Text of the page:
Its primary role is to fill the void between the front suspension and the engine, providing sufficient structural stiffness for said suspension to operate correctly. At the same time, it must safely house the driver (to varying degrees of comfort, depending on the application), the fuel cell and, as is increasingly the case, an energy storage system (ESS) for either an electric or hybrid drivetrain.
Additionally, the tub must be as light as possible, while also having as minimal effect on the overall footprint of the car as is feasible. Aero is a predominant concern and, as such, the monocoque, just as with the powertrain, cooling system and any other ancillary components, plays second fiddle to aerodynamicists’ desires when it comes to real estate.
Think of the shape of a modern Formula 1 tub. It is not through choice that the driver sits with their legs up in the air, with the chassis cut away sharply below. The form is driven by the need to channel as much air as possible under the nose of the car.
All of these competing demands need to be balanced out. Ultimately there will be compromises, but with contemporary design, simulation, manufacturing methods and materials, they can be reduced.
Of course, racecars have not always been built this way. The spaceframe chassis ruled supreme until the early 1970s when aluminium monocoques started to become commonplace, and remained in use, including in Formula 1 and Sportscars, until the late 1980s, when carbon fibre took over. Though designers had dabbled with the material in the 1970s, cars such as John Barnard’s McLaren MP4/1 revolutionised racecar chassis construction, first in Formula 1 and then other series. Relying on a combination of uni-directional carbon fibres and aluminium honeycomb, those cars laid the groundwork for much of what still exists today.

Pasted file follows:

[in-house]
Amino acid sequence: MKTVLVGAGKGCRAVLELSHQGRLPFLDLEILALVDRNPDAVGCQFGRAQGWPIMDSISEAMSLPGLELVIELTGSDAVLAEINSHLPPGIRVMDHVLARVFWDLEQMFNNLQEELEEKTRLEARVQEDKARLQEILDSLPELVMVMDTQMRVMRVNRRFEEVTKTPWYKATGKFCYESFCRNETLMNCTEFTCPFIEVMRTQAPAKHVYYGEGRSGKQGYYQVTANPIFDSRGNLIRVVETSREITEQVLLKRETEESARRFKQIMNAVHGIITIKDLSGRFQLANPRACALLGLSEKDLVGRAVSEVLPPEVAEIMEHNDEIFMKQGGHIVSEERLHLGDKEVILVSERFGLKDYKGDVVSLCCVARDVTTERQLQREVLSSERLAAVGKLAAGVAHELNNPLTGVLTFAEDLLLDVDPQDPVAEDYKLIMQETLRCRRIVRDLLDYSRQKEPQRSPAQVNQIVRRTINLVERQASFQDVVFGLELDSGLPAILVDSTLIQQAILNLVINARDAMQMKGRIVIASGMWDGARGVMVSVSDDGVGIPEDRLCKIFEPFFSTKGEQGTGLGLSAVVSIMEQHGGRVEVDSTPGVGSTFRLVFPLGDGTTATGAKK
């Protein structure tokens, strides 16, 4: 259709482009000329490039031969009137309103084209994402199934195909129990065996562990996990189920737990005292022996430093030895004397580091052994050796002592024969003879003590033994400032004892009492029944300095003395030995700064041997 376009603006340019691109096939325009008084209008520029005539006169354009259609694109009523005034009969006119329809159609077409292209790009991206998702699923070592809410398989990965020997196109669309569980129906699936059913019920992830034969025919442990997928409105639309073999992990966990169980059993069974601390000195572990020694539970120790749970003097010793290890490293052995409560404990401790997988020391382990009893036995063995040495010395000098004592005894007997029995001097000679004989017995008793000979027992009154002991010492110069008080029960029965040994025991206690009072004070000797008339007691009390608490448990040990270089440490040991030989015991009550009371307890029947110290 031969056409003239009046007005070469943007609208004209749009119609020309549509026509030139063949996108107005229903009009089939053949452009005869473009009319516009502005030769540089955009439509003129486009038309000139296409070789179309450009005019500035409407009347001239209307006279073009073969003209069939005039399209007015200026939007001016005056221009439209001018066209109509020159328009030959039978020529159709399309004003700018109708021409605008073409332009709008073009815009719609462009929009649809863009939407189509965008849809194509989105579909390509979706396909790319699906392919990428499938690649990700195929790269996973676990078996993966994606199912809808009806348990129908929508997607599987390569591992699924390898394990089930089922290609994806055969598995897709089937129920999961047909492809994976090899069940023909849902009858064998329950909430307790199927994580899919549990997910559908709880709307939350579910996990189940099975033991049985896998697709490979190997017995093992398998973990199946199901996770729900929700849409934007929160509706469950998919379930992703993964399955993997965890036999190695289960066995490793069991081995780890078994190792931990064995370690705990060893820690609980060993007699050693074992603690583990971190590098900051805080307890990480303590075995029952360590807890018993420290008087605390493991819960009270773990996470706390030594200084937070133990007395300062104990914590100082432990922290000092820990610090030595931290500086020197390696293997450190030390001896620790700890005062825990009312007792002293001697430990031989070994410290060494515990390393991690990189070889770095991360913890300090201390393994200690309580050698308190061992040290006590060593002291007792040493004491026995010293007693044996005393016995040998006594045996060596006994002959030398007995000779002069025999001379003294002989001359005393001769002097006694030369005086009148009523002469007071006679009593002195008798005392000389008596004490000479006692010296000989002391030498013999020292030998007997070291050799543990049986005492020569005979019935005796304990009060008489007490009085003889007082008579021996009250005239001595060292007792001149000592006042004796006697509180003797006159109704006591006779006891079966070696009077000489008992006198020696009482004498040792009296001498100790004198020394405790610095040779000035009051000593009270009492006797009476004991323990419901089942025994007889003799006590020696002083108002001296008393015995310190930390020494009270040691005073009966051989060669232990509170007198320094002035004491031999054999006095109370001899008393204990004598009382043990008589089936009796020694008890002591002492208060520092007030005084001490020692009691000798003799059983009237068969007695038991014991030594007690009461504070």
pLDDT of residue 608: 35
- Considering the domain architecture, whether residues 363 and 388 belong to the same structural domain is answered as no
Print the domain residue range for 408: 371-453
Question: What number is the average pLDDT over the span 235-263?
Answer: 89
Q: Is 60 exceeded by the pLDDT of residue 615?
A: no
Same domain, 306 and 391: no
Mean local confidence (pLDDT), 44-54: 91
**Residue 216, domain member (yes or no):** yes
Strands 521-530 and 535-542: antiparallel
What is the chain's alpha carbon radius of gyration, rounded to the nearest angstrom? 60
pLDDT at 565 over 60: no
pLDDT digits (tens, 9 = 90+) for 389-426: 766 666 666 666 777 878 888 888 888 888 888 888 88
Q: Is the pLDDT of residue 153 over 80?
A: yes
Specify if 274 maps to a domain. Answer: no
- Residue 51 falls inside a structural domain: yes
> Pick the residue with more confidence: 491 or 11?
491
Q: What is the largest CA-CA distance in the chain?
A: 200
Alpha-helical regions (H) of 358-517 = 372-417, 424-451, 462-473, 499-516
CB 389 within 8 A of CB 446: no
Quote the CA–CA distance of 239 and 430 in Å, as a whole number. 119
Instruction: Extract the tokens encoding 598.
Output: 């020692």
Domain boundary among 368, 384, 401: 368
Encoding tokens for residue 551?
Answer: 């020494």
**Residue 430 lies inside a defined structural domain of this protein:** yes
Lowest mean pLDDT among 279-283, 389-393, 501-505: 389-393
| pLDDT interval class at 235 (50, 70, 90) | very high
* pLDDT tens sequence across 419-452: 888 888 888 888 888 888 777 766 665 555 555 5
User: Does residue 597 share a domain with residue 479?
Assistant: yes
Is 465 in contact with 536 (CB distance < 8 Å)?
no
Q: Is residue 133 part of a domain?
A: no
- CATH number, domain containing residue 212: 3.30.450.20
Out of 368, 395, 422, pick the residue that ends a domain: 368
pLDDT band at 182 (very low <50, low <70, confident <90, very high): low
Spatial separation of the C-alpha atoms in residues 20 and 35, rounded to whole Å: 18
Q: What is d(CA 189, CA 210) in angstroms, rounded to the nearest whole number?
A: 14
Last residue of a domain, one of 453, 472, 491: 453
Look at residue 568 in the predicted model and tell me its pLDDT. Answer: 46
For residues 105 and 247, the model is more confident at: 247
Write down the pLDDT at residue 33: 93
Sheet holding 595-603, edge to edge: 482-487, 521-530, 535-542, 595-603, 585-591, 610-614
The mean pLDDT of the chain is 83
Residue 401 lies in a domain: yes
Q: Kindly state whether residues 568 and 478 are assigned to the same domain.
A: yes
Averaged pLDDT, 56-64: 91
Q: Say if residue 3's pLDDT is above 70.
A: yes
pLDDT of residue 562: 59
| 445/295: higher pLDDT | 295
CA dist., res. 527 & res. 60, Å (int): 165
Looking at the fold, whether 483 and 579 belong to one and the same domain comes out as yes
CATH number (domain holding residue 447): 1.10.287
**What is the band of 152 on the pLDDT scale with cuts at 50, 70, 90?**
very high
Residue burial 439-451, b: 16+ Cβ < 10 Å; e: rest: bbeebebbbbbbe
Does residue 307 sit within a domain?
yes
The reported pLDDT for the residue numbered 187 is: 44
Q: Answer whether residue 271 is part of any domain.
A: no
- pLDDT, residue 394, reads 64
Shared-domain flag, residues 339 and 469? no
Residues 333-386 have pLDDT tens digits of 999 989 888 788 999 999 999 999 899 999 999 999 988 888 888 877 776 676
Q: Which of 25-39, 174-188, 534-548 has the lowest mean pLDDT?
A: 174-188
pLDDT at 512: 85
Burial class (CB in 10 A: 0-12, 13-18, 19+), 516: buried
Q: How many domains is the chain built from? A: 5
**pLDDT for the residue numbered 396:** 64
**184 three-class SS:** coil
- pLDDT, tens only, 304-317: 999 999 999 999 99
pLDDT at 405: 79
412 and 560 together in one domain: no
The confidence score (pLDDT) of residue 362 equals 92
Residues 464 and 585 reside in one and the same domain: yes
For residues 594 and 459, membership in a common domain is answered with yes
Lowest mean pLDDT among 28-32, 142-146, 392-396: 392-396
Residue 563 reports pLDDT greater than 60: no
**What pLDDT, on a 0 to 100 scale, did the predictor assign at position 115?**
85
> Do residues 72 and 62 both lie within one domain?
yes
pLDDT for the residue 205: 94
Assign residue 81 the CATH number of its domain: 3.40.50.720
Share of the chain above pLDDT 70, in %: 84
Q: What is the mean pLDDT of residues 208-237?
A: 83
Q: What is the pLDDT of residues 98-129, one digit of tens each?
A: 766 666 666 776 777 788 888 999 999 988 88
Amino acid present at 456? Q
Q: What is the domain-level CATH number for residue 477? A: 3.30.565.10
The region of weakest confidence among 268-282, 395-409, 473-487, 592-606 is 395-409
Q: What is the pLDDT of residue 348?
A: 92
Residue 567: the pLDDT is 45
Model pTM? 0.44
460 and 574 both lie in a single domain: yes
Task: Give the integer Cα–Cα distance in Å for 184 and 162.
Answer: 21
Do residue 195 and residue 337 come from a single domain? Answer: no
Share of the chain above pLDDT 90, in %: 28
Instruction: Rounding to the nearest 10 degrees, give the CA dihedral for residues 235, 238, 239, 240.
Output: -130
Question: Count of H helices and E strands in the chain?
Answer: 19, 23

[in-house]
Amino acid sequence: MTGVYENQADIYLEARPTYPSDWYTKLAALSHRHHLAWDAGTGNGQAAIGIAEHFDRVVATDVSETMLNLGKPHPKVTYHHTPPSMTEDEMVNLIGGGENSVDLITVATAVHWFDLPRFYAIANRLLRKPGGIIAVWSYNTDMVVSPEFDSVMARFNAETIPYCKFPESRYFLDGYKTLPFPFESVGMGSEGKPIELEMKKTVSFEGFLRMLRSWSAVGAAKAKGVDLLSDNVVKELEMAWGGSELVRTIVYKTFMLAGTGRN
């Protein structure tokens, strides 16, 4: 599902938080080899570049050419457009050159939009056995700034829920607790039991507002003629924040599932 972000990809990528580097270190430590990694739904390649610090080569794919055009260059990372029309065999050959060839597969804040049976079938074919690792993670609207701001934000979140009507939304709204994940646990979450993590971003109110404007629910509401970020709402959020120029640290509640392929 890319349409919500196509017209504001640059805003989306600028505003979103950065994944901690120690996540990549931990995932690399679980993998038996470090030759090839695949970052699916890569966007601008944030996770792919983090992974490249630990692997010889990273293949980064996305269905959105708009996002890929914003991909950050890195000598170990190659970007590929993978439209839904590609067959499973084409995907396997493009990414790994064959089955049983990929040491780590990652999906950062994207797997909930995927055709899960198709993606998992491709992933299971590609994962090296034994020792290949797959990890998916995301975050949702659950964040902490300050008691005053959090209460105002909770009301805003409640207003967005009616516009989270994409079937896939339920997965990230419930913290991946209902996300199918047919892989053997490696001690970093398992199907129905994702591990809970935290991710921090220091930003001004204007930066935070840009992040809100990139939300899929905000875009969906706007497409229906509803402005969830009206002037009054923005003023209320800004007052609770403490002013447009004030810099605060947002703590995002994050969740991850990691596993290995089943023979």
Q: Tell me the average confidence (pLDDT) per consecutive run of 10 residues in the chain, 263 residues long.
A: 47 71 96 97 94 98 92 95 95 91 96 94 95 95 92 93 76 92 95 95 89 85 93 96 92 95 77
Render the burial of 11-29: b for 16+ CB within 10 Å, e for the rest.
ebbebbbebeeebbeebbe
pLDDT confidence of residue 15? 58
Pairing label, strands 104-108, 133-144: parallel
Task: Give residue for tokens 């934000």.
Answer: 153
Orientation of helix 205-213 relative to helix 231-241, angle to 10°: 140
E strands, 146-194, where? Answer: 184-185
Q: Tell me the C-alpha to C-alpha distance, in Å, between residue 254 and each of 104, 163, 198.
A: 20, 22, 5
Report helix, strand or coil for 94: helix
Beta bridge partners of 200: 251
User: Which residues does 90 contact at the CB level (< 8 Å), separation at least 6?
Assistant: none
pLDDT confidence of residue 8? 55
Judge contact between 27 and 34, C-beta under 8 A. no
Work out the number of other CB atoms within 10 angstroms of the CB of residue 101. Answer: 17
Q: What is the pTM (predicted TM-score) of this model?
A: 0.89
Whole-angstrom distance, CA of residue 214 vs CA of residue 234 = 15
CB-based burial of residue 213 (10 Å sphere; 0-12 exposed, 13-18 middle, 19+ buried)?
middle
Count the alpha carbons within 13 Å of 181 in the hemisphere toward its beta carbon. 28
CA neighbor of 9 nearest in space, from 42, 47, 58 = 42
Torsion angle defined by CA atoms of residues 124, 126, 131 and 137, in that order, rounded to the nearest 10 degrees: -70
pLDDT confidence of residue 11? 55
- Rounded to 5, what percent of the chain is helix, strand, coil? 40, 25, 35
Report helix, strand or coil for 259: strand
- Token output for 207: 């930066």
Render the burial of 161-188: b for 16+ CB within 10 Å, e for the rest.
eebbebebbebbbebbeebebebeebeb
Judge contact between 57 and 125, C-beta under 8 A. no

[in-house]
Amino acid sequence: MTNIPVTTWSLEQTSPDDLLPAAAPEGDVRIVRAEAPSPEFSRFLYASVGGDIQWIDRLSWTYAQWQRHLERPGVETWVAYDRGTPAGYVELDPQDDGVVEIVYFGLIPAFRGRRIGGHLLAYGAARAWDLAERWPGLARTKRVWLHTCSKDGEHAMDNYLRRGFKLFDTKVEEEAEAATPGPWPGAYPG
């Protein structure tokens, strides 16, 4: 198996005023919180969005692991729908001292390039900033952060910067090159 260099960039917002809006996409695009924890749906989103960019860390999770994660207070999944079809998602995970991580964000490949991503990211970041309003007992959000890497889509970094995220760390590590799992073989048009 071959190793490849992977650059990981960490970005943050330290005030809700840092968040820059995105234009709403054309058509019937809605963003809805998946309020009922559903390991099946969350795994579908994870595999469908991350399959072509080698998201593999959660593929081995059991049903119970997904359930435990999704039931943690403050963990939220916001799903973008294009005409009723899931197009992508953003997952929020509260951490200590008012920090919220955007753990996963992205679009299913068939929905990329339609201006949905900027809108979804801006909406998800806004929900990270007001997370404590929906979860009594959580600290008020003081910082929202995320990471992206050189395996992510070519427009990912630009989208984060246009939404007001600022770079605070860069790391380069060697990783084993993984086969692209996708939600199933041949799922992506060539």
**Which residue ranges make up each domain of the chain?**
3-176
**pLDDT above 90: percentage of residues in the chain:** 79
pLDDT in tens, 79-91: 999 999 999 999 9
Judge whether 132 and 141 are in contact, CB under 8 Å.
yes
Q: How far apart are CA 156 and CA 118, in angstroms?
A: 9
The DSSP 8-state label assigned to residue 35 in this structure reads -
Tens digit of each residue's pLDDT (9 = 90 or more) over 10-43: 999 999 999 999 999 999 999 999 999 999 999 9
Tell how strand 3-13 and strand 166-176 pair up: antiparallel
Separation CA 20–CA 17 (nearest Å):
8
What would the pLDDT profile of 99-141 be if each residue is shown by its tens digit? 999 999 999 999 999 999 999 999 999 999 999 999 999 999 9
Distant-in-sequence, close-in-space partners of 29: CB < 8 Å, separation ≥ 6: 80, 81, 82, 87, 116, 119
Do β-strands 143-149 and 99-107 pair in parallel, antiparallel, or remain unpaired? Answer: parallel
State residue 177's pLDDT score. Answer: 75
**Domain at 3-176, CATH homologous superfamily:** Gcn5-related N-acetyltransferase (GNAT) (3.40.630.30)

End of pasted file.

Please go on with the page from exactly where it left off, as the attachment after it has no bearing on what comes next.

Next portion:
As noted, the design of a car’s tub will be a delicate balance of trade-offs. The smallest detail needs to be considered, especially at the highest levels of racing where tiny percentages can be a significant performance differentiator. Take the example of the then Force India team in 2015. Driver, Nico Hulkenberg, was 8kg heavier than team mate Sergio Perez. To account for this, the team built him a lightweight chassis to maintain leeway for ballasting the car. The compromise with the lighter chassis was it was less stiff, which was detrimental to suspension performance, but not to the extent that it offset the gain from the greater freedom to place ballast.
This is just one example, there are many others such as the relatively regular occurrence of a team needing to switch engine or power unit supplier late in a car’s development cycle. Invariably, this leads to compromises as tubs are inherently long lead time parts, so it is impossible to tweak the design to perfectly match a new engine’s specifics.
At a basic level, there are a few common features of monocoques across car types. The rear bulkhead will have mountings for the engine, the exact layout determined by whether this is a stressed or semi-stressed part. These will be in the form of inserts bonded into the carbon, which have to withstand both the forces generated by the powertrain, and those of the suspension and aero.
The rear of the tub will feature a rollover structure that must tie into the rest of the monocoque securely enough to resist extreme crash forces. Most rule sets also require the tub accommodate a car’s fuel cell, which is positioned as centrally as possible. This is not simply a safety consideration, it also helps to maintain balance regardless of fuel load.
Moving to the centre of the chassis, regulations usually dictate the minimum volume for the driver’s cockpit, as well as elements such as compulsory side impact structures. From these fixed points, the rest of the tub’s geometry can be calculated.
The front of the chassis can be something of a packaging nightmare. Frontal area will be kept to an absolute minimum for aero purposes, while the driver’s feet, pedals and various suspension elements are all competing for space. At the very least, there will be two dampers and a third element, with either coil springs or torsion bars, the latter also requiring mountings incorporated into the tub.
Then there are components such as the steering box and mounting points for the wishbones. Again, aero rather than packaging concerns tend to dictate their location, often leaving structural engineers with a headache. Finally, there will be the mountings for the nose, which incorporates the front crash structure. These have to be substantial enough to both survive an impact, as well as carry the aero loads from the front wing.
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